Five things we learned on Day 1
We didn't learn anything definitive about the future of the draft in New York City, but the feel of change was in the air Thursday night. From the feel of it, the draft will be on the move. Commissioner Roger Goodell was going to use this year's draft as a test to see how the draft works in May instead of April. Scheduling conflicts with Radio City Music Hall this year and in the future put the NFL in position to find alternatives.
Those alternatives could take the draft to either Chicago or Los Angeles in 2015. Or it could take the draft to two cities in a year and increase the number of draft days to four. If the ratings are good, a mid-May draft could stay. Goodell even said the league is exploring the idea of moving the combine later than where it is now in late February.
As far as the moves contained within the draft Thursday, here are the five things we learned in the first round.
1. Cleveland Browns general manager Ray Farmer tried to appease as many people as he could: Farmer, in his first year as a general manager, knew head coach Mike Pettine wanted cornerback Justin Gilbert. He knew owner Jim Haslam would love to have the excitement of Johnny Manziel. He also had to find a way to satisfy himself with personnel moves.
The Browns were the movers and shakers by making three trades and getting Gilbert and Manziel. The sacrifice was giving up one of the five or six elite players in the draft. Farmer would have loved to have added Sammy Watkins to an offense that has Josh Gordon, Jordan Cameron and Greg Little.
Instead, he moved down five picks and got first-round and fourth-round picks in 2015, and he satisfied the personnel office. Farmer traded a 2014 fifth-round pick to move up one spot to get Gilbert. Then he traded a 2014 third-rounder to move up four spots to acquire Manziel. Giving up a third-rounder in this draft could be costing them a starter, but all of a sudden, the Browns are interesting. That's a step forward.
2. The Buffalo Bills' front office made a bold audition for a future owner: To give away a first-round pick and fourth-round pick in 2015 is a huge gamble.
But the Bills have been 6-10 forever, and to get out of the rut, the Bills jumped to the No. 4 overall pick to grab Watkins. This is an audition for any potential new ownership. Giving Watkins and Mike Williams to the current Bills offense could get EJ Manuel over the top at quarterback. The Bills play a favorable schedule that could allow them to improve.
With the death of owner Ralph Wilson and no heir, the Bills apparently have enough quality bidders to get something done. Stories have been published that the Bills could be moving toward sales bids in about 90 days.
If this move works, the current administration could have job security. Like the move to sign Mario Williams a few years ago, the Bills went for it Thursday night.
3. The 3-4 defense remains important: Seven hybrid linebackers/defensive ends went in the first round and five went to 3-4 teams. Two of the most interesting moves were for inside linebackers. The Pittsburgh Steelers passed on good cornerbacks to take Ohio State's Ryan Shazier. He was considered one of the best outside linebackers in the draft, but the Steelers' plan to use him at inside. He weighs 237 pounds. The thinking is spread offenses are forcing all defenses -- 3-4s especially -- to add speed to chase down faster players in the middle of the field or on the outside. The Steelers are younger and more athletic with a linebacking corps of Jarvis Jones, Jason Worilds, Lawrence Timmons and Vince Williams.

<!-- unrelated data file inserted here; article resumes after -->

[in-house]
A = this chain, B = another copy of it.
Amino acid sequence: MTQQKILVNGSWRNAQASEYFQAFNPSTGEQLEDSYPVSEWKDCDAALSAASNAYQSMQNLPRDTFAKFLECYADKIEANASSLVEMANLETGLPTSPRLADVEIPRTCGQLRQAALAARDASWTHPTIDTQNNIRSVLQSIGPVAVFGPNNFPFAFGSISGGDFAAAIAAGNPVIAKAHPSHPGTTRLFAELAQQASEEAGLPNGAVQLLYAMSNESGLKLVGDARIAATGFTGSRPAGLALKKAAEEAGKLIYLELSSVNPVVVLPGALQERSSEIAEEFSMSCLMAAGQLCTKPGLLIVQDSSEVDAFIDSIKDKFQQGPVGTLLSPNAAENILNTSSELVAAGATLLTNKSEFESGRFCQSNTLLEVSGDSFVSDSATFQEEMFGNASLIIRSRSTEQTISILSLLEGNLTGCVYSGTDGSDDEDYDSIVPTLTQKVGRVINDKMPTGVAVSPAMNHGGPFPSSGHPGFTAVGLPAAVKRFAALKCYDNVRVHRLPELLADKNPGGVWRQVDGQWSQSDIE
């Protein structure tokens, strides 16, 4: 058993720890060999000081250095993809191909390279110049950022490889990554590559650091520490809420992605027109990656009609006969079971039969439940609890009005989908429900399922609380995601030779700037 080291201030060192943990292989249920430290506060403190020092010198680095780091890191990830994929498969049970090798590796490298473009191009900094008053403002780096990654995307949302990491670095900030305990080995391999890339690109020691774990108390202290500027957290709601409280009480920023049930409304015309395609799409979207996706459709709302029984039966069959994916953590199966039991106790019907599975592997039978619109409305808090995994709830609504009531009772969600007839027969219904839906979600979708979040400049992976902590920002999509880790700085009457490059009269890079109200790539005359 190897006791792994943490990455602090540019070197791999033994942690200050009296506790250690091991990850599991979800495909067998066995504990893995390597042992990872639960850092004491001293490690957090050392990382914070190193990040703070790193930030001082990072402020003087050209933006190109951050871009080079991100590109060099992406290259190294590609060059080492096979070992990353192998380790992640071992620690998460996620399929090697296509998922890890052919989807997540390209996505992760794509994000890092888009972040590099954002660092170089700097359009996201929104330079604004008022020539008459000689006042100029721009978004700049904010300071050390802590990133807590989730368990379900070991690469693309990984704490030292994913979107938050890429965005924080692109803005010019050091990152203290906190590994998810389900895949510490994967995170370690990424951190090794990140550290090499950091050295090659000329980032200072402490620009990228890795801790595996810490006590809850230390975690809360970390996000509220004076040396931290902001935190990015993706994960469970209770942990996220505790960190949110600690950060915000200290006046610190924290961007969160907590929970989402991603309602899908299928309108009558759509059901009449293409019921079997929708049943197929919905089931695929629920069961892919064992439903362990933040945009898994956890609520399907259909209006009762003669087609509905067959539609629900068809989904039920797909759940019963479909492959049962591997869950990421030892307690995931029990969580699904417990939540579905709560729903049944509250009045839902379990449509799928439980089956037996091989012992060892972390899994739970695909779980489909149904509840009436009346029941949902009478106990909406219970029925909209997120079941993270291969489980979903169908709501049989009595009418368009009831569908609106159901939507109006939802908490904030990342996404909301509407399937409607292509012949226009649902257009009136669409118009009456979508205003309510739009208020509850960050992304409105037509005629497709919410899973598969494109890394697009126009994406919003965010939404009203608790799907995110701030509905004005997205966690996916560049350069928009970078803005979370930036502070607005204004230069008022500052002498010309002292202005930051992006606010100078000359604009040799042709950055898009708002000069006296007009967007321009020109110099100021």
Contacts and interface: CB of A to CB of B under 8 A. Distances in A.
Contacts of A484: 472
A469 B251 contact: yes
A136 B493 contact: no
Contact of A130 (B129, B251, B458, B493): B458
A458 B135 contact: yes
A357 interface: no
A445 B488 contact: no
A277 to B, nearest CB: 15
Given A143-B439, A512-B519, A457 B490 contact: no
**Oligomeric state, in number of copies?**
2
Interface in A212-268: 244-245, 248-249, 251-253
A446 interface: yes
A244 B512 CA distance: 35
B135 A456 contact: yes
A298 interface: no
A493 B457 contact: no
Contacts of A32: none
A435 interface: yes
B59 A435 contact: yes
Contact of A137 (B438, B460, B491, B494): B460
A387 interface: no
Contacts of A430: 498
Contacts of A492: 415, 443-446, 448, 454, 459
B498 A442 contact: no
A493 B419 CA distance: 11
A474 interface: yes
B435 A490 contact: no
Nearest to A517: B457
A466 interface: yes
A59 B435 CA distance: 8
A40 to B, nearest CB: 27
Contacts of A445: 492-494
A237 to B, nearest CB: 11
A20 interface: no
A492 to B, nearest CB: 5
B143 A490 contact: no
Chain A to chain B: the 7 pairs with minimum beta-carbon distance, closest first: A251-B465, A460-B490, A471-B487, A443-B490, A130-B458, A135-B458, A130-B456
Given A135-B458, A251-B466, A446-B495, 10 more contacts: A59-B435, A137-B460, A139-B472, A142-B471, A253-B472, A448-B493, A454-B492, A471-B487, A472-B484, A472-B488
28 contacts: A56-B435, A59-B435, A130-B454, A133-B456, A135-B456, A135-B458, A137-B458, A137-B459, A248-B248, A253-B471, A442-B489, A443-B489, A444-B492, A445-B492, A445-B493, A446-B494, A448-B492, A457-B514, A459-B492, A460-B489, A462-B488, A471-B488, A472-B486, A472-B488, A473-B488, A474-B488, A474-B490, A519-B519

The Baltimore Ravens' 3-4 got stronger with the addition of Alabama inside linebacker C.J. Mosley. The Houston Texans now have J.J. Watt and Jadeveon Clowney in their 3-4. Dee Ford gives the Kansas City Chiefs three pass-rushing linebackers. The surprise was the Eagles trading down and getting Marcus Smith, an outside linebacker rated by most to be a second-day pick.
4. The 2011 failures of first-round quarterbacks had an impact on the draft except in Jacksonville: In 2011, the Jacksonville Jaguars gambled and lost by trading a second-round pick, moving into the 10th overall pick of the first round and taking Blaine Gabbert, who was a bust.
Gambling again Thursday, the Jaguars made Blake Bortles the third pick in the draft. Unlike the Jaguars, the Minnesota Vikings, who failed on Christian Ponder, and the Tennessee Titans, who are still judging 2011 quarterback Jake Locker, weren't going to follow the same path. Those moves cost people jobs.
The Vikings took the cautious approach by trading a fourth-round choice to move from the second to the first round to take Teddy Bridgewater. The Titans didn't take a quarterback. And the Browns took a safer approach after the Brandon Weeden pick by getting Manziel at No. 22 in the first round. Now what they have to see is if taking a quarterback at No. 22 is cursed. Brady Quinn and Weeden were failures at No. 22.
5. The quality of the draft lessened the number of trades: In a draft this rich in talent, you don't want to give away quality 2014 choices. The Bills moved from No. 9 to No. 4 by giving a first-round pick and fourth-round pick next year, but no other picks this year.
Overall, there were only five first-day trades. The Atlanta Falcons ended up not wanting to sacrifice a bundle of picks to move to No. 1 and take Clowney. Instead, they lucked out and got Jake Matthews with the sixth pick. Tampa Bay got lucky and landed Mike Evans at No. 7. Four offensive linemen went in the top 12 along with three wide receivers.
Since 2004, the average number of trades over a three-day period is 26.8. Based on the start of this year's draft take the under. Three quarterbacks ended up going in the first round, but two were involved with trades. Bridgewater went to Minnesota after a trade at No. 32 with Seattle. The Browns moved up four spots from No. 26 to get Johnny Football.